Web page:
Conspiracies about American symbols

(Excerpted from United Symbolism of America by Robert R. Hieronimus, Ph.D.)

In my doctoral thesis and 2006 publication, Founding Fathers, Secret Societies: Freemasons, Illuminati, Rosicrucians and the Decoding of the Great Seal, I demonstrated how the evidence does not support a Freemasonic influence on the design of the United States Great Seal.  As I browsed the web in preparation for this new book, however, I was amazed to realize that, almost without exception, most other people posting interpretations about our Great Seal all make this fatal error in assumption.  And it is an error, there is no question about it.  It is factually incorrect.  There is NO direct connection between the Freemasons and the creation of the Great Seal.  There is a relationship between the Freemasons and the Great Seal, and an indirect connection in that regard, as we will discuss in Chapter Two, but it is entirely untrue to say something like, “Freemasons designed our Great Seal,” or that “There is a Freemasonic message or intent behind the Great Seal.”  The irrational fear that a vocal group of people has of the secretive Freemasons infects everything they say about the Seal.  This means that everything they say about the Seal is based on a false assumption.  We will find this situation repeats itself frequently as we look at the astoundingly negative interpretations that have been proposed for some of our beloved American symbols.  For the most part the fundamentalist-conspiratorialist assumptions are based on jumps in conclusion resulting in faulty interpretations that apply to only one level of the symbol.

What is a fundamentalist-conspiratorialist?  It is a loose term I invented for this book to describe the sub-group of the religious right that believes everything that does not fit their strict definition of “Christian” is a priori therefore “of Satan.”  Others don’t use the Christian vernacular, but they also see a conspiracy of evil intentions all around us, organized by the ultimate tempter and the powerful ruling elite.  Anything that is non-Christian in their definition is not only to be feared and avoided, but also removed or destroyed, sometimes violently.  This would include any cultures that existed before the time of Christ, and all the art, philosophy, and science that they advanced.  There have been numerous violent upheavals during the past 2,000 years as Christians tried to exterminate various non-Christians (for example, the pagan massacres in Greece and Rome throughout the first millennium, the Crusades, the Inquisition, etc.).  Other non-religious conspiracy promoters simply enjoy searching for clues that a mysterious “them” is responsible for all that is wrong with the world.  It is this mindset today that is attacking our beloved American symbols.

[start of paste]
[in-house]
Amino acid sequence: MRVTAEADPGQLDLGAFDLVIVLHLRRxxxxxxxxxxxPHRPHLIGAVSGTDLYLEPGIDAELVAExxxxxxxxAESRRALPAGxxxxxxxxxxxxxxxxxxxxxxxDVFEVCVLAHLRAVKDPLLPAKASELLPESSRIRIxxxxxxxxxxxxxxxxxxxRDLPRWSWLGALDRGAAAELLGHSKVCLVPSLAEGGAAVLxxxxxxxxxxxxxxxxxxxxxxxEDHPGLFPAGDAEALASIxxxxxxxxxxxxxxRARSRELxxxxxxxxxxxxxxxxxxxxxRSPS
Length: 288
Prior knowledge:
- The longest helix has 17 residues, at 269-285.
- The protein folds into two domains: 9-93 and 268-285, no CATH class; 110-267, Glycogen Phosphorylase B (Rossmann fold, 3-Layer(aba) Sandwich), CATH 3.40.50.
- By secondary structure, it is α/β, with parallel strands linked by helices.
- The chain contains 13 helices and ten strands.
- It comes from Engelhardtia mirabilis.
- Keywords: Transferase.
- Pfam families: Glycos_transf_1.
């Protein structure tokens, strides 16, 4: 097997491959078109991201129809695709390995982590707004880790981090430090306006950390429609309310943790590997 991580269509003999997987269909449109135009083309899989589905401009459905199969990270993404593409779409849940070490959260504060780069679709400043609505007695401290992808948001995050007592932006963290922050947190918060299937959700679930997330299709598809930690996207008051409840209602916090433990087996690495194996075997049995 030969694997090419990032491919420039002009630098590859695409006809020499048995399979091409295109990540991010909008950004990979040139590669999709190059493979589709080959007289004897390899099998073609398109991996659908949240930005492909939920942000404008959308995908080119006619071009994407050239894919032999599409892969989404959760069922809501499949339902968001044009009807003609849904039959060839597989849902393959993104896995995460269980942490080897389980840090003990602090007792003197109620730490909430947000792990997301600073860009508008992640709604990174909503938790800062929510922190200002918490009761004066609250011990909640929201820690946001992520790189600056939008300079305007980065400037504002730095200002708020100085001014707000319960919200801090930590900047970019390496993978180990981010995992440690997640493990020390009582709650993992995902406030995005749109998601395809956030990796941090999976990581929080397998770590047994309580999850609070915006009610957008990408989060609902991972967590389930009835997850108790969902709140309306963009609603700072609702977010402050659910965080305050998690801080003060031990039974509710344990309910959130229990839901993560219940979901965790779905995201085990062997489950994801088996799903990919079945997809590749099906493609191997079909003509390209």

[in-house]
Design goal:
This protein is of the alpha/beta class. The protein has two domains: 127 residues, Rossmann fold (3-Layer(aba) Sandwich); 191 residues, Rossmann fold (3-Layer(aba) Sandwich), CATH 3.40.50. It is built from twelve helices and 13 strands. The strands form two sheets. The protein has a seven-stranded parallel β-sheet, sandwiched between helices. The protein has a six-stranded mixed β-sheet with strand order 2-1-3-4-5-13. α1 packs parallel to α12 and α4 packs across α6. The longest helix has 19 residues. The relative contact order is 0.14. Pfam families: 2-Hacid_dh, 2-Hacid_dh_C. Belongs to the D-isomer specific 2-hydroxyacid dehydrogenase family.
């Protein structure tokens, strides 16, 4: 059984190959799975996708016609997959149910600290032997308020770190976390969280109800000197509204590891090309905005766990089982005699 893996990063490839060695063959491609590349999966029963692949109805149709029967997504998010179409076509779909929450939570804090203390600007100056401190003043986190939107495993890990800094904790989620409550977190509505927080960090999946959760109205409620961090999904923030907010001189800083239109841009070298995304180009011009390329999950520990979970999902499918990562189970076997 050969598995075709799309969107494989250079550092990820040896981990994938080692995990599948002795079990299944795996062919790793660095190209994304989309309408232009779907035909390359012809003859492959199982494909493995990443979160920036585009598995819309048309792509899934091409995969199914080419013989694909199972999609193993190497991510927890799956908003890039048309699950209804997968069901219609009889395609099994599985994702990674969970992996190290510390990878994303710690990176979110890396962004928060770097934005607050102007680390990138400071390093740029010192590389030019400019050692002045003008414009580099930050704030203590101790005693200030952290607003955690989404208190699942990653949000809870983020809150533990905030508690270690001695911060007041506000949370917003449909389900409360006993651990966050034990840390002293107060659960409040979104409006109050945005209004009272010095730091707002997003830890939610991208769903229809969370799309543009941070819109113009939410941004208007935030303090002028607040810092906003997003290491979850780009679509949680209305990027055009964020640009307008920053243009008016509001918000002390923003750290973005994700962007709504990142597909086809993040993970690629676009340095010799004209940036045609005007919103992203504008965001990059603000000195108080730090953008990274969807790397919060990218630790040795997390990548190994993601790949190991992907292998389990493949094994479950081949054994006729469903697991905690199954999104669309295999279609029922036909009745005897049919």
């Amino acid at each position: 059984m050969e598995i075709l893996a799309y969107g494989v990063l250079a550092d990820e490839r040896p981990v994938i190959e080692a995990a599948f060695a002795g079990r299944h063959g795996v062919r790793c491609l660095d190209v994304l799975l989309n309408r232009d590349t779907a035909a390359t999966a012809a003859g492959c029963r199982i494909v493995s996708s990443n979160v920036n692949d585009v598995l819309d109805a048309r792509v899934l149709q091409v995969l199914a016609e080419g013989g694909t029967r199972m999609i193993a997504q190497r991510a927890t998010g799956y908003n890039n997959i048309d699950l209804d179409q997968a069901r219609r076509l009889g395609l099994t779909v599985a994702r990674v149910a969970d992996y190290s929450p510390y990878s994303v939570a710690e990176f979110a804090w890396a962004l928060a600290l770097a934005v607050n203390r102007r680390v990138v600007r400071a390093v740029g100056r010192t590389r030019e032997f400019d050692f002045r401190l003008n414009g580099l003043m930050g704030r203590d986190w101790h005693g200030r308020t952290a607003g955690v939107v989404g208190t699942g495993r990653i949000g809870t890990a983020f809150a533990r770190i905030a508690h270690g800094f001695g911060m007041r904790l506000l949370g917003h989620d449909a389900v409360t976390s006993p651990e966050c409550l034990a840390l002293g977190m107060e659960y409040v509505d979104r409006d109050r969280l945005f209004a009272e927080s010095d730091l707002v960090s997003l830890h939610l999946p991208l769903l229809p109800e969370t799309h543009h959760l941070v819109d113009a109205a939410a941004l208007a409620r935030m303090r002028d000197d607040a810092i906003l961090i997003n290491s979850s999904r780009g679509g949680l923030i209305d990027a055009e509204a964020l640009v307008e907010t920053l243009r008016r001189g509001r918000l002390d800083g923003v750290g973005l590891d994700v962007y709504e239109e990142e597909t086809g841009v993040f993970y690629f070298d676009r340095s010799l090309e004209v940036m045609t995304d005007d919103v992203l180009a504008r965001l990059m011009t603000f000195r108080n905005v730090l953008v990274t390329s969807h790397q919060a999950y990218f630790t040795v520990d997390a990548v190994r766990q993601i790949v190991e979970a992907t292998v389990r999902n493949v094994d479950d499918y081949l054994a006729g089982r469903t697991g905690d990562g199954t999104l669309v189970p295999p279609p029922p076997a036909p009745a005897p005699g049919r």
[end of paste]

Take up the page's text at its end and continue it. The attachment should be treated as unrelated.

The symbols most often lied about by the fundamentalist-conspiratorialists are the reverse of the Great Seal and Washington, DC.  I say “lie” because the great weakness of these writers is a scant interest in documented history.  They selectively filter information to support their perspective, because they believe they already have the truth and are searching for examples to make a showy case for others.  Fundamentalist-conspiratorialists fear our American symbols because they are under the assumption that the leaders of the American Revolution were motivated by evil intentions.  I know this will sound anathema to the rational and educated majority of our readers, but it’s an important point to make and refute, because this is the key difference between my interpretations and the majority of all other symbolic interpretations out there today.  One of the purposes of this book is to put the brakes on some of the negative shifts happening in America’s appreciation of her own symbols.

Each successive Republican Administration that has assumed power in the past 25 years has grown increasingly closer to the fundamentalist-conspiratorialist school of thought, and as a result, this small but vocal group has grown even more powerful and widely quoted.  The average American may not know why, but they think they know there is something spooky about the Great Seal, probably because they’ve caught a whiff of the well-spread rumors on TV documentaries and the web that are inspired by the fundamentalist-conspiratorialists.  It’s almost as if a conspiracy campaign has been launched to defame these uplifting and empowering symbols.  Some Americans are now afraid of anything that is even remotely “symbolic.”  No matter what it is, if it appears ancient or mythological, someone has attacked it as being motivated by Satan and thus worthy of being purged.  I have been absolutely astounded at the evil intentions and negative interpretations being attributed to the Statue of Liberty, the eagle, the Washington Monument, and even the Liberty Bell, which you will read about in each of their respective chapters.

Creating a sense of fear about our Founding Fathers, or about the Freemasons, or about any of our American symbols is a waste of time.  Those who are really in control behind the scenes are probably pleased to see this misrepresentation continue as a diversionary tactic.  These connect-the-dots conspiracy theories that rely on a hyper-analysis of our nation’s symbols using the entire world as a reference point take people’s attention away from our real duty of keeping a close eye on the current administration to prevent them from taking advantage of their positions of power.